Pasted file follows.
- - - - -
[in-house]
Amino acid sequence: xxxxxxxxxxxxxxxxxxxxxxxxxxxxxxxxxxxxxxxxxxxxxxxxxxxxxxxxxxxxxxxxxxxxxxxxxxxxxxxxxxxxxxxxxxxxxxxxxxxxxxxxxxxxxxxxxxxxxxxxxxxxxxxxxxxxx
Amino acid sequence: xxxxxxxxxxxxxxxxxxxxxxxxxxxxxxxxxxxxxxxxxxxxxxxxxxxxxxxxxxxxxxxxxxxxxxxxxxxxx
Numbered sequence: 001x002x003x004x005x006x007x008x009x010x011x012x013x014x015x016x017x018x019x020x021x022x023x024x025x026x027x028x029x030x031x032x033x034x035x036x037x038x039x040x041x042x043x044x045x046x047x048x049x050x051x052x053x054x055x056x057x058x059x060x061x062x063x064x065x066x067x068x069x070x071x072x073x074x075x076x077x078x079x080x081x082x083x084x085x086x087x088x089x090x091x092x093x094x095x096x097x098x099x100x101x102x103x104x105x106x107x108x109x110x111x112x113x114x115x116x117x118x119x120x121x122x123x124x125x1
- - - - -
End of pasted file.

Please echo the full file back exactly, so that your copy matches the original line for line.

[in-house]
Amino acid sequence: xxxxxxxxxxxxxxxxxxxxxxxxxxxxxxxxxxxxxxxxxxxxxxxxxxxxxxxxxxxxxxxxxxxxxxxxxxxxxxxxxxxxxxxxxxxxxxxxxxxxxxxxxxxxxxxxxxxxxxxxxxxxxxxxxxxxx
Amino acid sequence: xxxxxxxxxxxxxxxxxxxxxxxxxxxxxxxxxxxxxxxxxxxxxxxxxxxxxxxxxxxxxxxxxxxxxxxxxxxxx
Numbered sequence: 001x002x003x004x005x006x007x008x009x010x011x012x013x014x015x016x017x018x019x020x021x022x023x024x025x026x027x028x029x030x031x032x033x034x035x036x037x038x039x040x041x042x043x044x045x046x047x048x049x050x051x052x053x054x055x056x057x058x059x060x061x062x063x064x065x066x067x068x069x070x071x072x073x074x075x076x077x078x079x080x081x082x083x084x085x086x087x088x089x090x091x092x093x094x095x096x097x098x099x100x101x102x103x104x105x106x107x108x109x110x111x112x113x114x115x116x117x118x119x120x121x122x123x124x125x1